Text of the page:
“Violence against women is a men’s issue” Cindy Dyer, Vice President of Human Rights, Vital Voices

When I looked around the room on Monday night, it was filled with an overwhelming majority of women. This gender imbalance has been the norm in my experience of attending similar events and herein lays the problem; women, who are victims and allies to victims of male violence, bravely come together while the perpetrators are disengaged from the conversation. This needs to change.

Violence against women stems from a daunting web of social norms, patriarchy, power dynamics, greed and injustice. For example, rape is used as a weapon of war and justice systems around the world drastically vary in their efficiency. With these larger structural barriers in the mix, can one individual make a difference in these issues? The answer is yes.

Dyer and Barker acknowledged the many men who would never hurt a woman and are champions for equality in the workplace and the home. However, when these men remain silent or refrain from participating in gender equality conversations, their actions (or inactions) have an impact. Speaking on her experiences with female victims, Dyer said that the “silence of male leaders speaks louder than women’s actions.” Men can be tremendous activists in the fight to end violence against women by actively taking a stance against the injustice.

So, to the men who believe in gender equality and justice, but are possibly unsure about how to engage in this conversation, I’m here to say: speak up! As a woman I welcome your voice to this discussion! A few conversation starters are below based on my own experiences and reported successes from the Vital Voices event this week.

Men, how can you get involved?

  • Ask questions: do you feel safe walking down the street? What resources are available for women who have experienced violence? Speak with the women in your life and ask about their experience.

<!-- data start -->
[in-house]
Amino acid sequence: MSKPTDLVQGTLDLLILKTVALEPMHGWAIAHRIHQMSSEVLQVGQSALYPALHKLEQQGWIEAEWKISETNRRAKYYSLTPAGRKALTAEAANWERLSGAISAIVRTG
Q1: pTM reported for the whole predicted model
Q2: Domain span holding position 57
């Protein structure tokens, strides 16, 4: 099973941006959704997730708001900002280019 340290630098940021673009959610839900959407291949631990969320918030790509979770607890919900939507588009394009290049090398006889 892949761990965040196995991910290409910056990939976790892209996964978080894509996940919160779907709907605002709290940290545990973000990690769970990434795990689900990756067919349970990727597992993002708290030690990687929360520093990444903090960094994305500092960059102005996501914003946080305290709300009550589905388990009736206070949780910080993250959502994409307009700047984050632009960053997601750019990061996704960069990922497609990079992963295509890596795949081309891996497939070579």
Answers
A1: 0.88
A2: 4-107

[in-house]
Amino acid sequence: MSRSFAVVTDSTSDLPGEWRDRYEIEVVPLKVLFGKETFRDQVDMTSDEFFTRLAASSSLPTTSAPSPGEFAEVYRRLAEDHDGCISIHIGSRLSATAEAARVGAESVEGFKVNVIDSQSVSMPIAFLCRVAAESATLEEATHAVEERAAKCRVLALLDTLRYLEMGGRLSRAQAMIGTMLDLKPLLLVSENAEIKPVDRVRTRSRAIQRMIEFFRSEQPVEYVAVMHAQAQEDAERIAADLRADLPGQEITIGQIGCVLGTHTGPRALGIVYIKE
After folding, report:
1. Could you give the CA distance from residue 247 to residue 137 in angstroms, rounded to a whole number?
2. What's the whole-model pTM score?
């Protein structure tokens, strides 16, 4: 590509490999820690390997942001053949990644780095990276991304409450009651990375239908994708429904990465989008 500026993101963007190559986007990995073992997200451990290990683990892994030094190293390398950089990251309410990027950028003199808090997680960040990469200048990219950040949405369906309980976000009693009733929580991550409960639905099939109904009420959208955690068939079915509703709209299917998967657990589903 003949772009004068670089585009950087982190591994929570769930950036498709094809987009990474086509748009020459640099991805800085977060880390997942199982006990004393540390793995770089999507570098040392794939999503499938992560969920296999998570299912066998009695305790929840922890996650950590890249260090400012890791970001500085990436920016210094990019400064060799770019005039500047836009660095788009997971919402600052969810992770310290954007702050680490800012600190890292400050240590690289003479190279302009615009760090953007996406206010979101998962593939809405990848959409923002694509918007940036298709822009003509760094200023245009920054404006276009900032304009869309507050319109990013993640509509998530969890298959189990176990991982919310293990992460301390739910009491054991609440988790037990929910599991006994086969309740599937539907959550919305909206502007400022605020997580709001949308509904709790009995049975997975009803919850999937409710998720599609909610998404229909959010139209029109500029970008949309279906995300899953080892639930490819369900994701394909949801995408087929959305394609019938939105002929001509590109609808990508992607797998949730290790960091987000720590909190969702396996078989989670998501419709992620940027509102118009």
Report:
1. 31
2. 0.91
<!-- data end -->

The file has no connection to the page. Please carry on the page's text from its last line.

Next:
• Share news articles. Use the news as a way to start the conversation, learn about the nuances of the issues and take a stance.
  • Be a mentor. Young boys who witness violence growing up are more likely to exhibit those behaviors as an adult. As a positive influence in a young boy’s life, you can have a lasting change.

Women, how can we engage the men in our life?

  • Speak openly with the men you trust. For example, if you experience harassment in the workplace, debrief with a trusted male friend.
  • Invite your male friends to any conferences or events you attend on issues related to violence against women. Let’s get more men at the table.

As the 16 days of activism to end gender based violence comes to a close, I challenge you to speak with the people closest to you about the atrocities committed against women every day. It is time to end the silence surrounding violence against women and hold men accountable for their actions.

This post is part of Girls’ Globe’s #16Days of Activism against Gender-Based Violence Post series. Learn more about the #16Days campaign here, and join the discussion on social media with #16Days.

Photo Credit: Holly Curtis

 

I Am Fine

When two sisters are beaten for refusing to marry–at ages 8 and 10–they run away from home to the only sanctuary they know, a small school in northeastern Uganda established by BRAC, the Bangladesh-based development organization that fights poverty, illiteracy and injustice in the poorest parts of the world. “I Am Fine” documents their plight and those of other young girls in the Karamoja region of Uganda, the desperately poor province where girls are valued only for their bride-price in cattle. That attitude is slowly changing, however, thanks to BRAC’s Karamoja initiative, which has established 120 youth development centers in the region. There girls are provided with basic education, and life-skills. More importantly, they learn that they are worth far more than cattle. Such self-confidence is priceless.

©Ami Vitale, Lynn Johnson, Katy-Robin Garton | Ripple Effect Images

Ripple Effect Images is proud to spotlight this important initiative during the United Nations’ 16 days of activism to end violence against women and girls around the world. “I Am Fine” increases public awareness of the plight of Karamoja women, as well as the extraordinary gender-equality work of BRAC, which is totally dependent on funders outside of Bangladesh for its program in other countries. Southern hemisphere leadership and collaboration between impoverished southern nations translates into lower costs and higher impacts, making BRAC, according to The Economist magazine, “the largest, fastest-growing non-governmental organization in the world–and one of the most businesslike.” Not surprisingly, most of BRAC’s 125,000 employees in Africa and Asia are women. Please join Ripple in the UNiTE campaign by hosting your own event to “Orange the World!”

Written by Joel Bourne

Photo Credit: Ripple Effect Images